By NELL LUTER FLOYD
Sun Staff Writer
The city of Jackson leaders are behind in meeting the timeline announced for getting a new garbage contract in place.
The timeline called for issuing an award on Dec. 15 to the company receiving the contract and then the city council voting on the proposal on Jan. 4, but that didn’t happen.
“COVID held it up and then the leadership decided to add the recommendation phase to the council to the process and that delayed the timeline,” said Virgi Lindsay, who represents Ward 7 and serves as council president.
“It was also delayed because the mayor had COVID.”
Jackson Mayor Chokwe Antar Lumumba presented the council on Jan. 11 with four recommendations based on the request for proposals that was issued on Oct. 21,and amended on Nov. 18.
The contract was advertised on Oct. 21 and 28, with Nov. 15, being the deadline for questions about it. The deadline to submit proposals was Nov. 23.
At the Jan. 11 meeting, the council asked the mayor to consider the two recommendations that would provide garbage pickup twice a week, with and without a vendor issuing 96-gallon trash carts, and not the two recommendations for once a week service, with and without the trash cart.
“We narrowed it down to two options and asked the mayor to take these two options and narrow it to one recommendation and come back to us with that recommendation,” Lindsay said.
“It must be a quick turnaround because we’re out of time.”
There were no vendor names attached to the recommendations the council received, in keeping with how selection process is being handled.
The twice-a-week recommendation presented requiring a cart was less than the twice-a-week recommendation with a cart. The twice-a-week pickup with a cart would be about $756,000 monthly, and the twice-a-week pickup without the cart would be around $858,000 a month.
Ashby Foote, who represents Ward 1, opposes supplying residents with a cart because he believes it will cost more in the long run. “If a resident wants a 96-gallon can, they can go to Lowe’s and buy their own,” he said.
Foote voted against the motion that the mayor consider either of the twice-a-week options and bring back his selection to the council.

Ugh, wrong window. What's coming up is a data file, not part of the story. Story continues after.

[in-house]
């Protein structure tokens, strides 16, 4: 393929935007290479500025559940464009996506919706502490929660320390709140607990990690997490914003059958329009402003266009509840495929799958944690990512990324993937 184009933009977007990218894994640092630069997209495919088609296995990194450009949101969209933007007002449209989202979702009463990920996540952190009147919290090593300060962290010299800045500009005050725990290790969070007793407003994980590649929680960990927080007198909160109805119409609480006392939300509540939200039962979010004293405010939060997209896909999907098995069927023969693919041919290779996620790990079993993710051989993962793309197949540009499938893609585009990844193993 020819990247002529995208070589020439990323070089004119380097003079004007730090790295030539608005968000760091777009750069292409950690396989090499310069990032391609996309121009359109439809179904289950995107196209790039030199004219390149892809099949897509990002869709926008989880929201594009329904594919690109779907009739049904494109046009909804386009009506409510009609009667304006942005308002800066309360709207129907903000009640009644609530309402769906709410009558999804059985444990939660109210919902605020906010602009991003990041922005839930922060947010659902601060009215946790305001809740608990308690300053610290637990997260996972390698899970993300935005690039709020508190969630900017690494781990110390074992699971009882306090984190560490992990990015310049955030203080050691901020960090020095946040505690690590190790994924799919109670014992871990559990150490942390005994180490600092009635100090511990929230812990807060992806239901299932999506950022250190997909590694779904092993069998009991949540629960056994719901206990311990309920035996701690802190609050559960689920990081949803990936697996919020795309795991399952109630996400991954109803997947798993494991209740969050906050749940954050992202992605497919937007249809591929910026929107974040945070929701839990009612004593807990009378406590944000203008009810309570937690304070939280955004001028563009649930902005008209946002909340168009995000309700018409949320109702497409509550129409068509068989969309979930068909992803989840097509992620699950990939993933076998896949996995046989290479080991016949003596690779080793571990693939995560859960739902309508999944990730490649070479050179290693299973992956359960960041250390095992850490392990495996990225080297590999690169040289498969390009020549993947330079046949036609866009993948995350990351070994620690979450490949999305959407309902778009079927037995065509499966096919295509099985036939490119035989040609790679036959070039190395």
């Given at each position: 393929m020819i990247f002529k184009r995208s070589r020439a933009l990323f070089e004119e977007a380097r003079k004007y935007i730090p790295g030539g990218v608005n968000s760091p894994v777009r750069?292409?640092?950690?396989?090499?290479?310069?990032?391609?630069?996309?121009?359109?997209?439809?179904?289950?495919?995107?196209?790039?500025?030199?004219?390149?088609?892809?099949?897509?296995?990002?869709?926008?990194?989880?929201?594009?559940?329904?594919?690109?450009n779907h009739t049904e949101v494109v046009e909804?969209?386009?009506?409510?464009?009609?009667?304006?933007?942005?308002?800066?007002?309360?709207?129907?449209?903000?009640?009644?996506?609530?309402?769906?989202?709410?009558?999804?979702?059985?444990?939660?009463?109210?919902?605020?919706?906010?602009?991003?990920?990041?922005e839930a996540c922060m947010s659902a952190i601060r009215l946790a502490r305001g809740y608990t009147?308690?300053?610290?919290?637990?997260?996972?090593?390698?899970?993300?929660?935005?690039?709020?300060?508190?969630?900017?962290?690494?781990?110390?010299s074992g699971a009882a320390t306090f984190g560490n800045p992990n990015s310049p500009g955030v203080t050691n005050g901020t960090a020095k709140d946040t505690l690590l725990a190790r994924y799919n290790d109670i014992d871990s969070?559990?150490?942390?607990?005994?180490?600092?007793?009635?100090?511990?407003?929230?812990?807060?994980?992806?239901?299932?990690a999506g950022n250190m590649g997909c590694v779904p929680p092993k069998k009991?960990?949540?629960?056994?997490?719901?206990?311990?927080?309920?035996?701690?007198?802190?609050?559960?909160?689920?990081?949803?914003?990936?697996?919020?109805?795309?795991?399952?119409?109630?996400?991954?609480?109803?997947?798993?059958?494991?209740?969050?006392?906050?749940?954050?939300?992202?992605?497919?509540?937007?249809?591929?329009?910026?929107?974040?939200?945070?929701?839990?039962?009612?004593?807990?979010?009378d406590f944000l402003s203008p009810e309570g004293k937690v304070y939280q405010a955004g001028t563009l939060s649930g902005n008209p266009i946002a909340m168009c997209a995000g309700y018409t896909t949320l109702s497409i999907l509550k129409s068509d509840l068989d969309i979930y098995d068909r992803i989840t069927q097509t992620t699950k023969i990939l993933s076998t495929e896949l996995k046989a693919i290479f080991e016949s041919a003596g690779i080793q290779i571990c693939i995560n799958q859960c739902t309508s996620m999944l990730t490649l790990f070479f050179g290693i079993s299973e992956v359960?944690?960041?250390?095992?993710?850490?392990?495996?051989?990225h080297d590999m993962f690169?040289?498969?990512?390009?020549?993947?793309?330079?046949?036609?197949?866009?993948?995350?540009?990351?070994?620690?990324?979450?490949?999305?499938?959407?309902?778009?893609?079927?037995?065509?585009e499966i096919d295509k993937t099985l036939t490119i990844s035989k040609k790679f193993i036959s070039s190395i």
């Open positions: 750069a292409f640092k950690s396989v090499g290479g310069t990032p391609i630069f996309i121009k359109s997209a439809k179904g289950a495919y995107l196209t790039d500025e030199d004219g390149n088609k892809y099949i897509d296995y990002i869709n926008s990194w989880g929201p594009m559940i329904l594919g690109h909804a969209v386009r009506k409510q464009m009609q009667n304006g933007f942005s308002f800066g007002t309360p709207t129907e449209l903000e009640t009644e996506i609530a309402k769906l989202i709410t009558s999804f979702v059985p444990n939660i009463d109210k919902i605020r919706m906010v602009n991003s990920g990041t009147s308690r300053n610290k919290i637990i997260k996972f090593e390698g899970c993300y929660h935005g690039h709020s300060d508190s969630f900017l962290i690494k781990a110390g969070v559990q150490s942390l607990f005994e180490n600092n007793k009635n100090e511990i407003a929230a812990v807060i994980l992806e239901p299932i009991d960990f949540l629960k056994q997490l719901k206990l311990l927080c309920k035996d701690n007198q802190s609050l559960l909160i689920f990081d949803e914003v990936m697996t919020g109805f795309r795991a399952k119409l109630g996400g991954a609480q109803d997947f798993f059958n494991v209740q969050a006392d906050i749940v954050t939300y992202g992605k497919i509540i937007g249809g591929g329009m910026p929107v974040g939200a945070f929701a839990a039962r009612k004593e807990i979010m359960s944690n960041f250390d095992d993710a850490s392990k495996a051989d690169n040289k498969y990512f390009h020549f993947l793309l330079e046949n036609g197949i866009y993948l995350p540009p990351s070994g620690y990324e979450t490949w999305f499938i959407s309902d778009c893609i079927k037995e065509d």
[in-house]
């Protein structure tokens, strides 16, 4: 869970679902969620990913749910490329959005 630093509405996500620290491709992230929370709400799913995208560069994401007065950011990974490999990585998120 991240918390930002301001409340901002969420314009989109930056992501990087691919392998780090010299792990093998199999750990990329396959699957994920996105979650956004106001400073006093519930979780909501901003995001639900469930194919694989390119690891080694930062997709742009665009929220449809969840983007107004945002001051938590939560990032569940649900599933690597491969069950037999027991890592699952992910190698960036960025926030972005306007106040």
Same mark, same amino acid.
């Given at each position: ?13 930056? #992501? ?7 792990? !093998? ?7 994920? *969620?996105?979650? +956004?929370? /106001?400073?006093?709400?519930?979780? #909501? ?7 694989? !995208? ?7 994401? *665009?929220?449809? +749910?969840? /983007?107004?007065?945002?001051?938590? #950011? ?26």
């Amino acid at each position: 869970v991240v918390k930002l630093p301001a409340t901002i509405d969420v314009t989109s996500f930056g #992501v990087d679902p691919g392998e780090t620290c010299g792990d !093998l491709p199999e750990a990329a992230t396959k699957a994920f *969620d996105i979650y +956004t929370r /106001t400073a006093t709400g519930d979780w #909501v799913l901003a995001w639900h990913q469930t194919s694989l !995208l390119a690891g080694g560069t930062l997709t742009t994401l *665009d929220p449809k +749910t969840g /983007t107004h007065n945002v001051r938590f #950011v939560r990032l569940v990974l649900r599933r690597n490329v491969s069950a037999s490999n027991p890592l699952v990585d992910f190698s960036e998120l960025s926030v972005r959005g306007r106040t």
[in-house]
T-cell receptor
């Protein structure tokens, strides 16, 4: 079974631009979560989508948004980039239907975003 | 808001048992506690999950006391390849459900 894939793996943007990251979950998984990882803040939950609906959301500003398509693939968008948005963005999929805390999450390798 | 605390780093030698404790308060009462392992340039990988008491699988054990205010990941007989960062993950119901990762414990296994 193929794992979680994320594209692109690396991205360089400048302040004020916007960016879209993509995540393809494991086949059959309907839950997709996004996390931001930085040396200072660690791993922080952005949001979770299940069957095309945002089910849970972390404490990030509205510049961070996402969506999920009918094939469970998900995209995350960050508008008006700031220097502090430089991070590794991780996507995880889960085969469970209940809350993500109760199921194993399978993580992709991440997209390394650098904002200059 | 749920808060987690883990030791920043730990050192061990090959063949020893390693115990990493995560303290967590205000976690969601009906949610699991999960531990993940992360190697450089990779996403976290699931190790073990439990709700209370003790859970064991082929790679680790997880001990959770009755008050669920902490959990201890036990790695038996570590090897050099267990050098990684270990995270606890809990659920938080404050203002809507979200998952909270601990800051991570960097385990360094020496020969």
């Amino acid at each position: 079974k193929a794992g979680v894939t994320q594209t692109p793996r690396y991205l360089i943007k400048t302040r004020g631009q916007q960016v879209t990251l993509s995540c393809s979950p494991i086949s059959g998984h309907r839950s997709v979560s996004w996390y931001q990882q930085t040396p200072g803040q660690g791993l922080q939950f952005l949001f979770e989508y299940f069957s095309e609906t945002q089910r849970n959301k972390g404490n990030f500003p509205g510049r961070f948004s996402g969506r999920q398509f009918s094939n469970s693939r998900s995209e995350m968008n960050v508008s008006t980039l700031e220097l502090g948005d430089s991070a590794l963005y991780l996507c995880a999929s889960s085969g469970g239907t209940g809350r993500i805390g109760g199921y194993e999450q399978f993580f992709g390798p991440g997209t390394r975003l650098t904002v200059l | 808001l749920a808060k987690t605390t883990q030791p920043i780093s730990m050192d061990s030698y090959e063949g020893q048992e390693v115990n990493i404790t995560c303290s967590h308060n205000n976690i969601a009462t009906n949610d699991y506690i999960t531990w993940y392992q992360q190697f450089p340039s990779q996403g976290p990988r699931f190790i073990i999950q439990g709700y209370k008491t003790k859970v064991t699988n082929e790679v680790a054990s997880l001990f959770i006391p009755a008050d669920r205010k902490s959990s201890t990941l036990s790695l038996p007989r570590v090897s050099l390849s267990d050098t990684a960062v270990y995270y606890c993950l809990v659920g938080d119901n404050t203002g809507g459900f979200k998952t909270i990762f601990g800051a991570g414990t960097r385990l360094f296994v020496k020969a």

Foote said he voted against the motion because he doesn’t believe city council should be in the middle of the process. “It’s confuses the citizens and muddies the water,” he said.
The next step is for the mayor to present a contract for the council to vote upon.
“We will need to get a contract very soon before the emergency contract expires on March 31,” Lindsay said.
Lumumba said at threetown hall meetings last fall that were about the contract process that he wanted residents to known about the process, the request for proposals, the timeline and measures put into place to ensure the process is transparent.
Catoria “Tori” Martin, city attorney who for most of her career has specialized in government contracts, explained at the town hall meetings that proposals would be evaluated using “blind scoring,” meaning a vendor’s name is not revealed at that point.
She said the state of Mississippi came up with blind scoring to evaluate proposals after former Mississippi Department of Corrections Commissioner Chris Epps, was indicted in 2014 on charges of accepting bribes and kickbacks in exchange for contracts and illicit activity with various corrections facilities. He was sentenced in May 2017 to almost 20 years in federal prison and fined $100,000 for running one of the largest and longest criminal conspiracies in the state’s history.
Martin pointed out an advantage that blind scoring offers: “It definitely allows you to have a less biased review of those proposals because you are unaware of who the vendors are when you’re giving the scores.”
A six-member evaluation committee, including three employees from the Department of Public Works and three from the city’s leadership, handled the blind review of each vendor’s technical proposal.
The technical proposal, which outlines a vendor’s plan to carry out the required service, counted for 30 percent of a vendor’s overall score. The rest of the score consists of fee proposal, 35 percent; presentation/interview, 25 percent; experience, 10 percent: Equal Business Opportunity plan, 10 percent; qualifications and key personnel, 10 percent; and references, 5 percent.
The evaluation period was scheduled from Nov. 23 through Dec. 13 and oral presentations were planned Dec. 6-8.
A new contract would begin April 1 and continue through April 1, 2027.
Martin said it takes about 60 days to transition from one vendor to another, should a different vendor be selected other than Waste Management, which has the current garbage contract for the city.
Note: The garbage contract is on the city council agenda for its Tuesday, Jan. 18 meeting.